'The Real Thing'

Written by Rob Bateman

My earliest memory is the 1971 FA Cup final when I rejoiced in Arsenal’s success amidst a sea of tearful Liverpool-supporting aunts in our front room.

My first live game was Arsenal v Manchester United in January 1973, the last time I ate a steak and kidney pie and the opportunity to watch Bobby Charlton in his swansong season. My son was there at Highbury with us in my eight-month pregnant partner’s womb on the day we completed the ‘invincible’ season, kicking at every huge roar during the game and in the post-match celebrations. And my first game with my son was the 1-2 debacle against Birmingham City in the Carling Cup final.

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This first appeared on The Arsenal Collective

The Arsenal Collective

So many memories of my life have been tied into Arsenal, both good and bad. I missed my nephew’s christening to watch us eek out a 1-0 win over Derby in May 1999, claiming I had to work. I refused to stay in hospital on a drip after a minor operation, to attend a League Cup match against Coventry in 1997.

Obsession barely covered my feelings about Arsenal for a long time.

Things changed for me when we moved from Highbury. My life had changed when confronted by fatherhood - lack of money and weekend work commitments etc. meant leaving Highbury felt like the end of an era.

I’ve been to just three games at the Emirates although the fact I can see all games at work, both home and away, means I haven’t missed the experience of attending live games as much as I thought I would. As a man who works in football statistics [for Opta], people consider me an obsessive already and I probably still am. But what I consider to be my last truly obsessive moment came in the 2005/06 season.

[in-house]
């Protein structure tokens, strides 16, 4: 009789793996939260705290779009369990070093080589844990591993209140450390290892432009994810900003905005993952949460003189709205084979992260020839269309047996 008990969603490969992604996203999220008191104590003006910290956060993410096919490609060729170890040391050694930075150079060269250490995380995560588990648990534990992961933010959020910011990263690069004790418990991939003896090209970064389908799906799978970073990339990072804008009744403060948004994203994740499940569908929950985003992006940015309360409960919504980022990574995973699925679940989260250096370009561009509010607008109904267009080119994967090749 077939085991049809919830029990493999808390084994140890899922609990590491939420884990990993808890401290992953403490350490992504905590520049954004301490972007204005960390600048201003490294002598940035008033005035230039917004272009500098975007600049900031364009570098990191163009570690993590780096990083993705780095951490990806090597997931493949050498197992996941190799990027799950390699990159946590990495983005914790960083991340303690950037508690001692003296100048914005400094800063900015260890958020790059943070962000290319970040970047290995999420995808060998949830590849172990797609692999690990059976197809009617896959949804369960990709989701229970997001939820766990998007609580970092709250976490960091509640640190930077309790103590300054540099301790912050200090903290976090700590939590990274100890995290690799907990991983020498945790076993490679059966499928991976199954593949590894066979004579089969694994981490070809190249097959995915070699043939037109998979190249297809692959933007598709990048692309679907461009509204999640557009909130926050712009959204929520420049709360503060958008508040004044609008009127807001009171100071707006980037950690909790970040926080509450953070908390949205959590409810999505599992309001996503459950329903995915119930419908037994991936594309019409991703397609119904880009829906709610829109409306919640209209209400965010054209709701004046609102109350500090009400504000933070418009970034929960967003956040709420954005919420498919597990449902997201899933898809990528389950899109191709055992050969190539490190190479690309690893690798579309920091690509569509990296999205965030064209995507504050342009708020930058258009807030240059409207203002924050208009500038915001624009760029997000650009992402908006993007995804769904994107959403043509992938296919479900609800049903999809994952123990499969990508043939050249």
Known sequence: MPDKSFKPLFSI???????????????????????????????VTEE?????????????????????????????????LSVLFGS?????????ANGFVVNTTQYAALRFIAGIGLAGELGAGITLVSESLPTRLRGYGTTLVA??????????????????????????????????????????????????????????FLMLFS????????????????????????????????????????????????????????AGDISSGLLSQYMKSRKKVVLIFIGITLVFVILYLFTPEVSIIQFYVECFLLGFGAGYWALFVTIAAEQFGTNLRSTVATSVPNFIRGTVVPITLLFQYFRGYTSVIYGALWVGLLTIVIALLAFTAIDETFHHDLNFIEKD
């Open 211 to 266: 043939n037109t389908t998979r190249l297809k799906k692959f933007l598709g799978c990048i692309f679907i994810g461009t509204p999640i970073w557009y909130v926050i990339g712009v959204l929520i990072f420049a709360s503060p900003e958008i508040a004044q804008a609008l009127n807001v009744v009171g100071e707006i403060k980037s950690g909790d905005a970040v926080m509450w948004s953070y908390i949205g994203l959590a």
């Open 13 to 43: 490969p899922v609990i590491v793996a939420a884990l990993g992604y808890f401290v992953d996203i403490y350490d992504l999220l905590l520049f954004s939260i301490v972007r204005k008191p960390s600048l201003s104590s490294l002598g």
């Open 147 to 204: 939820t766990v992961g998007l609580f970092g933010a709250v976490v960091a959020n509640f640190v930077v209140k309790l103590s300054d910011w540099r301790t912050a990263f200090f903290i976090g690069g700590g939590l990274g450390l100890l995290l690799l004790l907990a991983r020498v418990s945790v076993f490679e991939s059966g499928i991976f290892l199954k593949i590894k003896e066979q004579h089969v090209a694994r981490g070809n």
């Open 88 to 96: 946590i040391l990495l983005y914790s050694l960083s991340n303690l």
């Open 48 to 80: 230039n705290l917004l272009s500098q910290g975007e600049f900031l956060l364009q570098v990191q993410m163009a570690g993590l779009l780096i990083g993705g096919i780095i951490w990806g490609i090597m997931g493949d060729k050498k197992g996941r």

It had always been an ambition to see Arsenal play in the Bernabeu. Indeed in the 2003/04 season I was pretty sure we'd get a semi-final showdown with the Spanish giants. Arsenal had drawn 1-1 in their first leg away against Chelsea, while Madrid were in a strong position after 90 minutes against Monaco in the same side of the draw.

Tempting fate, I agreed with a Chelsea-supporting colleague to buy two plane tickets to Madrid, fully expecting Arsenal and Real to go through, but having the fall back that I'd sell my ticket to him if Chelsea did beat us. As it happened, Monaco came back to beat Real and my colleague had to rearrange the flights to Nice to be able to take advantage of them.

So when Arsenal versus Real came out of the hat in December 2005, I took the gamble of booking flights knowing there was no way I would get match tickets with my limited away credits. A friend and I booked a hotel and then began the quest for tickets.

We searched online, I contacted our sister company in Madrid to see if they could secure some and even tried to blag some in the press box. I contacted a dozen people claiming they had tickets on a website that seemed to advertise all sorts of games on the black market and finally had two sellers lined up.

On arrival in Madrid we spent much of the afternoon trying to ring our contacts and it turned out one source was a bunch of kids who had posted their message as a hoax and as we swore loudly at them down the phone, all we could hear was a cacophony of giggling.

This didn't bode well, but in the evening, the other guy turned up at least. He had four tickets for us, but two were thin paper and two thicker card, completely different sizes and different text printed on them. Extremely suspicious, we questioned him. He claimed some were from the club via post and some were from a “cash-machine” style ticket dispenser they have outside the stadium. Having never heard of this before, we were extremely dubious, but our tout (named Juanjo) said "OK, you take the tickets, I’ll see you outside the stadium, we'll go in together and you can pay me inside."

Somewhat taken aback by his willingness to give us £600 worth of tickets, we accepted and headed off for dinner, believing they were probably fakes and we’d never see him again.